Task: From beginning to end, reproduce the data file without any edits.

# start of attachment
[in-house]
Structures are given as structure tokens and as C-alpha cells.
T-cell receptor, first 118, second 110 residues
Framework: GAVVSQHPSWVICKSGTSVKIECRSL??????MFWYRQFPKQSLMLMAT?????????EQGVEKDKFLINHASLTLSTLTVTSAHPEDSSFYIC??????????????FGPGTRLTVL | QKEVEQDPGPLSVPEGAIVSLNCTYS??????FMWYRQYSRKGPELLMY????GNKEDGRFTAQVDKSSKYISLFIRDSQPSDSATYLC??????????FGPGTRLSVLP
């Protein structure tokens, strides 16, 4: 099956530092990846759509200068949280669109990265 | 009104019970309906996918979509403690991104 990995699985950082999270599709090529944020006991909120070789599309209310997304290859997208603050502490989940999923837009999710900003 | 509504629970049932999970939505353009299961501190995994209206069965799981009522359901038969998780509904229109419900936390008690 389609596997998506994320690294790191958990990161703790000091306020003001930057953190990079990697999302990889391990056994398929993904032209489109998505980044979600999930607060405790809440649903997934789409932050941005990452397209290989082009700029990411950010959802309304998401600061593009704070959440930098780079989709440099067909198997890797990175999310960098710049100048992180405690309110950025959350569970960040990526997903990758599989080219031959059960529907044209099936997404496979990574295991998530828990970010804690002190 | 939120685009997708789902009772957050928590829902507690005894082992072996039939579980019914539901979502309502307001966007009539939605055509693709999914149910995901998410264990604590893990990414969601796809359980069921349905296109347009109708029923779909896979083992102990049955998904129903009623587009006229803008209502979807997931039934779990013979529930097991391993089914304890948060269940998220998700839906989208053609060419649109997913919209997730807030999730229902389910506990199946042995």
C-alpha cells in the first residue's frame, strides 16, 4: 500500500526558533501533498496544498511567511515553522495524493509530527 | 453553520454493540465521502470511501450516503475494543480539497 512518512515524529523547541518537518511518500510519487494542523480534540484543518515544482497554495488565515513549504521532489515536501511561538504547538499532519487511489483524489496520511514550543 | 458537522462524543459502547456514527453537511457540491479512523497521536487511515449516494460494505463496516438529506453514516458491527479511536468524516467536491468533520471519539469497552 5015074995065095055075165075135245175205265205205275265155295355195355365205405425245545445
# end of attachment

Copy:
[in-house]
Structures are given as structure tokens and as C-alpha cells.
T-cell receptor, first 118, second 110 residues
Framework: GAVVSQHPSWVICKSGTSVKIECRSL??????MFWYRQFPKQSLMLMAT?????????EQGVEKDKFLINHASLTLSTLTVTSAHPEDSSFYIC??????????????FGPGTRLTVL | QKEVEQDPGPLSVPEGAIVSLNCTYS??????FMWYRQYSRKGPELLMY????GNKEDGRFTAQVDKSSKYISLFIRDSQPSDSATYLC??????????FGPGTRLSVLP
């Protein structure tokens, strides 16, 4: 099956530092990846759509200068949280669109990265 | 009104019970309906996918979509403690991104 990995699985950082999270599709090529944020006991909120070789599309209310997304290859997208603050502490989940999923837009999710900003 | 509504629970049932999970939505353009299961501190995994209206069965799981009522359901038969998780509904229109419900936390008690 389609596997998506994320690294790191958990990161703790000091306020003001930057953190990079990697999302990889391990056994398929993904032209489109998505980044979600999930607060405790809440649903997934789409932050941005990452397209290989082009700029990411950010959802309304998401600061593009704070959440930098780079989709440099067909198997890797990175999310960098710049100048992180405690309110950025959350569970960040990526997903990758599989080219031959059960529907044209099936997404496979990574295991998530828990970010804690002190 | 939120685009997708789902009772957050928590829902507690005894082992072996039939579980019914539901979502309502307001966007009539939605055509693709999914149910995901998410264990604590893990990414969601796809359980069921349905296109347009109708029923779909896979083992102990049955998904129903009623587009006229803008209502979807997931039934779990013979529930097991391993089914304890948060269940998220998700839906989208053609060419649109997913919209997730807030999730229902389910506990199946042995």
C-alpha cells in the first residue's frame, strides 16, 4: 500500500526558533501533498496544498511567511515553522495524493509530527 | 453553520454493540465521502470511501450516503475494543480539497 512518512515524529523547541518537518511518500510519487494542523480534540484543518515544482497554495488565515513549504521532489515536501511561538504547538499532519487511489483524489496520511514550543 | 458537522462524543459502547456514527453537511457540491479512523497521536487511515449516494460494505463496516438529506453514516458491527479511536468524516467536491468533520471519539469497552 5015074995065095055075165075135245175205265205205275265155295355195355365205405425245545445